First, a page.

I realized I was actually able to ask hard questions. 

For the first time in my life I was told that I was safe, with God, to question things I had been taught.  Most people have this happen in college and then some abandon their faith.  Not me, I was secure in the Gospel.  No matter what changed in any of my views on God, the Church or The Bible, nothing altered the obvious anchor of my soul:  the birth, death, burial and resurrection of Jesus Christ and it's finished work to save me.  

However, everything else was up for debate. And that is an unnerving place to be.  Mainly, because other's aren't so comfortable with my questions.  Others don't feel the same freedom that I do to question long held traditions of thought that can easily be argued another way using another set of Scripture.  Some others can tend to focus so much on where I will land on a particular issue (that has been debated for centuries by Christians the world over) and forget to see what brings us together.  

I just said to a friend today: I'd give anything to go back to where I was three years ago.  Where I was much more willing to just take a position and believe I was absolutely RIGHT! And everyone who disagreed was simply, wrong. 

And seeing as how I don't want this post to be about "what" your theology "should" be and more about what to do if you start asking hard questions, let me tell you this:  BE BRAVE!  Trust that the questions or the doubt can not separate you from the love of the Father.  

Here is a quote from a gal I admire, Rachel Held Evans: 

"I’ve decided to quit apologizing for my questions.  It’s not enough for me to maintain my intellectual integrity as a Christian; I also want to maintain my emotional integrity as a Christian. And I don’t need answers to all of my questions to do that. I need only the courage to be honest about my questions and doubts, and the patience to keep exploring and trusting in spite of them.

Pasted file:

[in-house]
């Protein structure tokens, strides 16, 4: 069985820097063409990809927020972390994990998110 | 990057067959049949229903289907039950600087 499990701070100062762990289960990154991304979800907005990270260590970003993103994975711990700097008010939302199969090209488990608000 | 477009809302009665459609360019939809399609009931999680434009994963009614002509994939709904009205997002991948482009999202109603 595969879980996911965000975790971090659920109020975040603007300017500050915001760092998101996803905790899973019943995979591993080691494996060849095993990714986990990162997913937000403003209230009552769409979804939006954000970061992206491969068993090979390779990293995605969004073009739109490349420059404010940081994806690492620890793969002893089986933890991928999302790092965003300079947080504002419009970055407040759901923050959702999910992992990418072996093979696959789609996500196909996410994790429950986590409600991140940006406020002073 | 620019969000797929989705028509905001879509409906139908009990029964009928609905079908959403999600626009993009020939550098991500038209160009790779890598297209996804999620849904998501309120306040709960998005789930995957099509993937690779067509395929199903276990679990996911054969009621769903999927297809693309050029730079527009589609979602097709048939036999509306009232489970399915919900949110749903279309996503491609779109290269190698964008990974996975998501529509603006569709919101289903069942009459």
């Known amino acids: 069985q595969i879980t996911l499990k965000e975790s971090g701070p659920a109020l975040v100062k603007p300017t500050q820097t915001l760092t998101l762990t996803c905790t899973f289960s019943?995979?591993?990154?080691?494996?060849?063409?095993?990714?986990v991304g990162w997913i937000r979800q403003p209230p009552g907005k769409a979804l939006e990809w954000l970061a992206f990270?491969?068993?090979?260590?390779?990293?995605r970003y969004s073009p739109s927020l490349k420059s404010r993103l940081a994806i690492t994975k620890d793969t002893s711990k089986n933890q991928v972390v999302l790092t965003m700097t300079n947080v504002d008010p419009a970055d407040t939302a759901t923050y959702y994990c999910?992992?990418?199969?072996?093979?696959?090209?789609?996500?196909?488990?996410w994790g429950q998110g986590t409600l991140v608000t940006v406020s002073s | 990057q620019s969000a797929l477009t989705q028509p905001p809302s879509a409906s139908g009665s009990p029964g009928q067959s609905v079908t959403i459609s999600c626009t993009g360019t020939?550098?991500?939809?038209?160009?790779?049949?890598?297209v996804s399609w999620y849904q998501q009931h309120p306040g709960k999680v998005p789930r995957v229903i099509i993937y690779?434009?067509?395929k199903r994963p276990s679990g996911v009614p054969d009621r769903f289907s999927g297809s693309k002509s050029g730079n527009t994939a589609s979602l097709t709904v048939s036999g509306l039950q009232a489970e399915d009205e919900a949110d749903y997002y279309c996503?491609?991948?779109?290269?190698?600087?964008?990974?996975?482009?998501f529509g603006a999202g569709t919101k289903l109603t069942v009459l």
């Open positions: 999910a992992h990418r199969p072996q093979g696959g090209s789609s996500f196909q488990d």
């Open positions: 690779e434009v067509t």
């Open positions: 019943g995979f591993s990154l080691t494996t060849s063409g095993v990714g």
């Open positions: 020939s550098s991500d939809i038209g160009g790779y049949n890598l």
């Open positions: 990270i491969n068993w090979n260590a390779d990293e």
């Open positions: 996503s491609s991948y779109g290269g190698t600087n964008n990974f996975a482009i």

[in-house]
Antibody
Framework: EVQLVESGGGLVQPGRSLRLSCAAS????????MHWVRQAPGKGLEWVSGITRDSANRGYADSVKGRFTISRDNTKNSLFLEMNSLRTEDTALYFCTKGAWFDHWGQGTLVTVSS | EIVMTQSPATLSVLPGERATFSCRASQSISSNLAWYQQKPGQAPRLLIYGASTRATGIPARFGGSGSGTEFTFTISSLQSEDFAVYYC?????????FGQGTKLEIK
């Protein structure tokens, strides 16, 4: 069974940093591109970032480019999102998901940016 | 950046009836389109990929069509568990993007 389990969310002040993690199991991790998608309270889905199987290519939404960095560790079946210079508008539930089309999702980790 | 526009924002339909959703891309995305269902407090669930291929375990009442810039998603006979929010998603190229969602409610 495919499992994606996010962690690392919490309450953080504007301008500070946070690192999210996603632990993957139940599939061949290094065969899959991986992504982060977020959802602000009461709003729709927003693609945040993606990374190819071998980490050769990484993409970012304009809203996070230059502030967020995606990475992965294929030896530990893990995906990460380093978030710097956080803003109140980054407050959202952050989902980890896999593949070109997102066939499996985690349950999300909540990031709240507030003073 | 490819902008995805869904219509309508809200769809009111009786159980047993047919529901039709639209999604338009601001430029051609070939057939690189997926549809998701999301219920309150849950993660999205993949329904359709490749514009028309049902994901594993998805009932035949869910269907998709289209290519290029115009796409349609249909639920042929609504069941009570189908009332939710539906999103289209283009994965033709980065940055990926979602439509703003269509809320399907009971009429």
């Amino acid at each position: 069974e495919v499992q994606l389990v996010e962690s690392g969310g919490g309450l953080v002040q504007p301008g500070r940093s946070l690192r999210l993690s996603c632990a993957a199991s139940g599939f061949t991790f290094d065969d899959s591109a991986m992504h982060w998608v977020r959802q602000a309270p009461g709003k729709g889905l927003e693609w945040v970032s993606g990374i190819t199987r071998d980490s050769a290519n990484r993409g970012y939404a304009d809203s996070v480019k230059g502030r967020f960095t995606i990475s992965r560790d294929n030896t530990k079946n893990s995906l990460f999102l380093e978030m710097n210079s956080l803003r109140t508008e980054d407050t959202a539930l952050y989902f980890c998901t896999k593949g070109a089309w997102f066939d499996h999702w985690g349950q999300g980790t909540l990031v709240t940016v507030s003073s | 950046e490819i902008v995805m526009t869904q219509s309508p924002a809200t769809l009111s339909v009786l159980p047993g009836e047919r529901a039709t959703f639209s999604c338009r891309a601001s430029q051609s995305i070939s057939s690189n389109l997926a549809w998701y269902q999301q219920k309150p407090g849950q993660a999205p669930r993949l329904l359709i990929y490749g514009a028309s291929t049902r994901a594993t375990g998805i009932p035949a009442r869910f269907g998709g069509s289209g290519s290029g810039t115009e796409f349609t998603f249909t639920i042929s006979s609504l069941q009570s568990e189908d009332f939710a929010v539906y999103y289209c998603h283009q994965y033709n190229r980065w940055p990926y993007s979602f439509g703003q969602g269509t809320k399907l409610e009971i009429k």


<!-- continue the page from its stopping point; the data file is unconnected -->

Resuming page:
The bravest decision I’ll ever make is the decision to follow Jesus with both my head and heart engaged—no checking out, no pretending.

It’s a decision I make every day, and it’s a decision that’s made my faith journey a heck of a lot more hazardous and a heck of a lot more fun.  It means that grinning monster, doubt, is likely to stick around for a while, for I know now that closing my eyes won’t make him go away. It means each day is a risk, a gamble, an adventure in vulnerability and trust, as I figure out what it means to follow Jesus as me, Rachel Grace—the girl who cried for Zarmina, the girl who inherited her mama’s bleeding heart and her daddy’s stubborn grace, the girl who digs in her heels, the girl who makes mistakes, the girl who is intent on breaking up patriarchy, the girl who thought to raise her hand in Sunday school at age five and ask why God would drown innocent animals in Noah’s flood, the girl who could be wrong.
It means I’ve got a long race ahead of me, but I’m going to run it with abandon. I’m going to run it as me. Because I think that’s what God wants—all of me, surrendered and transformed, head and heart engaged."
(read the entire post here)

Ultimately, that is my heartbeat.  To remember that it's okay to be vulnerable. It's okay to disagree with those that you have long since been in unison.  It's okay to be wrong.  The wonderful thing about a life lived with God is that it is never stagnant.  I will be learning and re-learning so much over the next (however many) years I have left.  But I want it known that I wholeheartedly believe that God will redirect me as needed.  The pendulum will swing with less force and settle in the middle at times and then at other times, it will fling wildly to one side.  But I will never be dogmatic in anything accept the preciousness of the Gospel of Christ and it's power to change my life.  

For now, I will go back to consuming Mere Christianity by C.S Lewis to help keep me grounded by that anchor.